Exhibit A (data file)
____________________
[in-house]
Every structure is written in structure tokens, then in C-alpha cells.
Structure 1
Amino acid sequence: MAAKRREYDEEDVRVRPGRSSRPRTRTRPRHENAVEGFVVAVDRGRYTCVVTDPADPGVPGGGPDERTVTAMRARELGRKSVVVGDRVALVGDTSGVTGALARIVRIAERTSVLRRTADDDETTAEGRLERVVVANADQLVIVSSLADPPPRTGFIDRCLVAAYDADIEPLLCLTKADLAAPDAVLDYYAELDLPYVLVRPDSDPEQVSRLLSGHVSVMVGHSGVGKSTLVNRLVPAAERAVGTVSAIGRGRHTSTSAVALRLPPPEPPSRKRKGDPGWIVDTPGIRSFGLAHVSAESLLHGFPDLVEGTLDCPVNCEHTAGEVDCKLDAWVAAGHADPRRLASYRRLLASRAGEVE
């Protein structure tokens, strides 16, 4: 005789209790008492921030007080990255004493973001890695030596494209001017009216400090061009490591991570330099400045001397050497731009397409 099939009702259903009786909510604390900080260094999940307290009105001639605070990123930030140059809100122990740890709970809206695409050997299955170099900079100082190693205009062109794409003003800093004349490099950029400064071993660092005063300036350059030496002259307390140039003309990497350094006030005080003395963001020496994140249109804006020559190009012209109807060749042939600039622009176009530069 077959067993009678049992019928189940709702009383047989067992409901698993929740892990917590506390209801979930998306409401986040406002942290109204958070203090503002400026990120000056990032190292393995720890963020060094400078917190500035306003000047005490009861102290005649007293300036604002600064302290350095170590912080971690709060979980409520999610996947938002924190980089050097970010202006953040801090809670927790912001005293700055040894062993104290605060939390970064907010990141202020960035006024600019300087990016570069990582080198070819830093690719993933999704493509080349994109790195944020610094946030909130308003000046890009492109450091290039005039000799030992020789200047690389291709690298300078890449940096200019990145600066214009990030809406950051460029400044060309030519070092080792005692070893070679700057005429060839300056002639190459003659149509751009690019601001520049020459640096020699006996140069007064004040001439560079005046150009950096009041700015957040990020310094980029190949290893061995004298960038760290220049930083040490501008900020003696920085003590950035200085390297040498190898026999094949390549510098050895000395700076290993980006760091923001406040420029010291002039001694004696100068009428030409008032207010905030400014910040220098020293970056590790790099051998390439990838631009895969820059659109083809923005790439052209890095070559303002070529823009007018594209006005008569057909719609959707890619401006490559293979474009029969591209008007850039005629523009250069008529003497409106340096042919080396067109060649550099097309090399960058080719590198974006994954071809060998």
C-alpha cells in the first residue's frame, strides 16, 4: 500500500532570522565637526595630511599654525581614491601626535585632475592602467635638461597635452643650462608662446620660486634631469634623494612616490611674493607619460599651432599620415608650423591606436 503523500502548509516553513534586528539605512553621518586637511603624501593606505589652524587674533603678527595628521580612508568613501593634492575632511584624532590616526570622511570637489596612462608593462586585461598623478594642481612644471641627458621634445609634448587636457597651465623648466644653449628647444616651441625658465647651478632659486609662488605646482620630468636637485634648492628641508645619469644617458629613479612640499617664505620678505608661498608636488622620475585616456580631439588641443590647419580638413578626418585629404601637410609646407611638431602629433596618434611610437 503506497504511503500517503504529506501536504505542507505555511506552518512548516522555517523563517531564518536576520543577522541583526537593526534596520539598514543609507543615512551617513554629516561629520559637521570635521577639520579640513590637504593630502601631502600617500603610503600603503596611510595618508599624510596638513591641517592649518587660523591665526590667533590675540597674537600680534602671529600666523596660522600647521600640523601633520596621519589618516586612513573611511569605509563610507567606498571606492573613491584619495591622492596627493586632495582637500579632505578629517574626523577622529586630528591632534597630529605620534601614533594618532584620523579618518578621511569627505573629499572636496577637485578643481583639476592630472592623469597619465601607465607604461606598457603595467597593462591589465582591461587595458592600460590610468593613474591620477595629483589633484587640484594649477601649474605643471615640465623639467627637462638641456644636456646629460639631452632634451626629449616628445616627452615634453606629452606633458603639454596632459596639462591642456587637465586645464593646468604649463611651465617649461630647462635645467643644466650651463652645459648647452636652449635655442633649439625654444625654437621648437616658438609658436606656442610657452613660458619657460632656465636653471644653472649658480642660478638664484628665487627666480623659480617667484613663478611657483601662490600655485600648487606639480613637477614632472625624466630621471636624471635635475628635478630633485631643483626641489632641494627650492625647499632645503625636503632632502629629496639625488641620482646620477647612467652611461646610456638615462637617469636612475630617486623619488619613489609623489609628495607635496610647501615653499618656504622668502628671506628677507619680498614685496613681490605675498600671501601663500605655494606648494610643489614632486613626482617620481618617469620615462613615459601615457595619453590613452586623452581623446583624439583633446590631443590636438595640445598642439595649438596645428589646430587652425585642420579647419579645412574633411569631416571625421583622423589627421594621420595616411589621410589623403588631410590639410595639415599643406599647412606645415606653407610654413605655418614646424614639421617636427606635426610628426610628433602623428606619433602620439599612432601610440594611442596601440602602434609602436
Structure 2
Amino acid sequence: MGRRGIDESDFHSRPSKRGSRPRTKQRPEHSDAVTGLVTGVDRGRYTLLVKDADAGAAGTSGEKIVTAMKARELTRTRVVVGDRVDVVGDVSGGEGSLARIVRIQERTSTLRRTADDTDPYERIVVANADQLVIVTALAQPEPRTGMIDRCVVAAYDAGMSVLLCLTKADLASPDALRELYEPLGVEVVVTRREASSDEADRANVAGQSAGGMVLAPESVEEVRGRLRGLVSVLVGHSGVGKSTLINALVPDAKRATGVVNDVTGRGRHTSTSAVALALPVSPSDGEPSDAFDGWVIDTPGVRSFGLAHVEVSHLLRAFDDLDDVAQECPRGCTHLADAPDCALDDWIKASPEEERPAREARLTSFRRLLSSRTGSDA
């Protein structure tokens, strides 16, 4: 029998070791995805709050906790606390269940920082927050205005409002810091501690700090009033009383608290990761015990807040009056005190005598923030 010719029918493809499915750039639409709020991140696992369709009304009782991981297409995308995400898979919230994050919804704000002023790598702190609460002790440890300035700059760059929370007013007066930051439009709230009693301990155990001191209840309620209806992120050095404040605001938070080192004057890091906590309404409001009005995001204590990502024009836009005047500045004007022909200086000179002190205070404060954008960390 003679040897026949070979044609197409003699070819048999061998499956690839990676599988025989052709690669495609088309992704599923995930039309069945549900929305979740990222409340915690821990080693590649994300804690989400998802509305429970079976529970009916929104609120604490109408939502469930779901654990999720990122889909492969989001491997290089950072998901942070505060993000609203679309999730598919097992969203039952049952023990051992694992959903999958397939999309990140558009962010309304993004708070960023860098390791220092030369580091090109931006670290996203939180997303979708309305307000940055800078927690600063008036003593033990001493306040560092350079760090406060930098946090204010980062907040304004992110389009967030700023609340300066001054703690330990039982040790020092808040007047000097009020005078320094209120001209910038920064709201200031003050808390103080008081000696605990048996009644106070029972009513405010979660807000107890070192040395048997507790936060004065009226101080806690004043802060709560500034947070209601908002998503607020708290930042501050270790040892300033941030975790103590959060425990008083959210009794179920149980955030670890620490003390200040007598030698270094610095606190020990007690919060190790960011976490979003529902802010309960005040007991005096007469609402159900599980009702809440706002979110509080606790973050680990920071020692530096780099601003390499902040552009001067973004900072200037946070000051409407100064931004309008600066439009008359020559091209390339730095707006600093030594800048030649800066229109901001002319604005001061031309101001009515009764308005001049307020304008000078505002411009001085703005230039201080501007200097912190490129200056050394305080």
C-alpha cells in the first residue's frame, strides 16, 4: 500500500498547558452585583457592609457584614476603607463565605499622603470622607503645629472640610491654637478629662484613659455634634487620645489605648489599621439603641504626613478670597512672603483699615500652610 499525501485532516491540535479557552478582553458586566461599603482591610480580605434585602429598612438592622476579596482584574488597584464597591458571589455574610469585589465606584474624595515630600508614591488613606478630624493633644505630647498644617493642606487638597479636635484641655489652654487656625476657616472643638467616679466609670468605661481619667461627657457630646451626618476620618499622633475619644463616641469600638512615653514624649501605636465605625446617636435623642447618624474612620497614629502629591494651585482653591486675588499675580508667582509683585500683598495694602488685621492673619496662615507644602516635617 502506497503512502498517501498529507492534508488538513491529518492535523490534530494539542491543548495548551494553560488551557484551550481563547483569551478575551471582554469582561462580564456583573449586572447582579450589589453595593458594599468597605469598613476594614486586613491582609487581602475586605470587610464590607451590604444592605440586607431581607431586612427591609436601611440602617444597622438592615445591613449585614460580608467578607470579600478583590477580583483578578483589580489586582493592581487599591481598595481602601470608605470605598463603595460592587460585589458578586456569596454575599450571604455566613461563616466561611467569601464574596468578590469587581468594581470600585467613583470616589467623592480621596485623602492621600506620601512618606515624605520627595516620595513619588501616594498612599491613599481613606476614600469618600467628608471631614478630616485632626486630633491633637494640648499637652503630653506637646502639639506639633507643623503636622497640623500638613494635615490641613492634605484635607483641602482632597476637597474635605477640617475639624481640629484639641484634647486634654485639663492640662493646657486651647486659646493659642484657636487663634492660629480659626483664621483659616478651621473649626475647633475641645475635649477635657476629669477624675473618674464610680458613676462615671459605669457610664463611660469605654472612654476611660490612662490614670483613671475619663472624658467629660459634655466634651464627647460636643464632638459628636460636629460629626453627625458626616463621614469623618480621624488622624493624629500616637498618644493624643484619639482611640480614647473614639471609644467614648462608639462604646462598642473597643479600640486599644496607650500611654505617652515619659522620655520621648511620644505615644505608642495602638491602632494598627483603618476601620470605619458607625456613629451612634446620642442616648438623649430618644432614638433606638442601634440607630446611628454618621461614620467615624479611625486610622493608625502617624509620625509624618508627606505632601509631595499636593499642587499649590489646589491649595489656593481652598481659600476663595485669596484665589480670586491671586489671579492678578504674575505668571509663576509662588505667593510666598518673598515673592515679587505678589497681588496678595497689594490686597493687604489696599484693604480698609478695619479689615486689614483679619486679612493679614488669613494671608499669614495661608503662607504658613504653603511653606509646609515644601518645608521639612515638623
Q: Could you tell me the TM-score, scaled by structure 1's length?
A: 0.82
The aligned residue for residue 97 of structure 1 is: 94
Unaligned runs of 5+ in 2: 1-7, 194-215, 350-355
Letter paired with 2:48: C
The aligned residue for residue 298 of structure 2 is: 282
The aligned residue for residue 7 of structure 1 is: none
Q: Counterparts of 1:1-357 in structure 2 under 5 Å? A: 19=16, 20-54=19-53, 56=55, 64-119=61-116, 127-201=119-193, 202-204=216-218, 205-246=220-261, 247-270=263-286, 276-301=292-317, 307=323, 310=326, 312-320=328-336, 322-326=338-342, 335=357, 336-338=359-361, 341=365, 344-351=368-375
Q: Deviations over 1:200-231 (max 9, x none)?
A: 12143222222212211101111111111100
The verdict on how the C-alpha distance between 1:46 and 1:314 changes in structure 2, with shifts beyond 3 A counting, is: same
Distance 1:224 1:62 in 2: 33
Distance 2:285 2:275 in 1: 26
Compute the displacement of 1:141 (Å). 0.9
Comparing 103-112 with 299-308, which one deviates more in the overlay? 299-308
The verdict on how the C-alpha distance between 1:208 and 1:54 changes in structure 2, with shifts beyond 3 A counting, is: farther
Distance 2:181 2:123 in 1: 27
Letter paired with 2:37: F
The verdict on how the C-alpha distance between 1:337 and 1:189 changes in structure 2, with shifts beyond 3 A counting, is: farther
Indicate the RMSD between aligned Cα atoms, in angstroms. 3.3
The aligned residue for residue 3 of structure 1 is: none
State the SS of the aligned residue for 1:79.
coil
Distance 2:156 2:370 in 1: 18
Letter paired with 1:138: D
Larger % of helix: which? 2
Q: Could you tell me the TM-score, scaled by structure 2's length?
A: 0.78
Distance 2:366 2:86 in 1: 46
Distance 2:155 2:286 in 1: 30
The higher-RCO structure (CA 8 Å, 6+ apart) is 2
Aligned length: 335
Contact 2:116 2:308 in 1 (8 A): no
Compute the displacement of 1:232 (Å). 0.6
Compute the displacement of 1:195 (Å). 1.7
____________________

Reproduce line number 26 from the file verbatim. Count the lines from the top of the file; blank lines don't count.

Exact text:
The verdict on how the C-alpha distance between 1:208 and 1:54 changes in structure 2, with shifts beyond 3 A counting, is: farther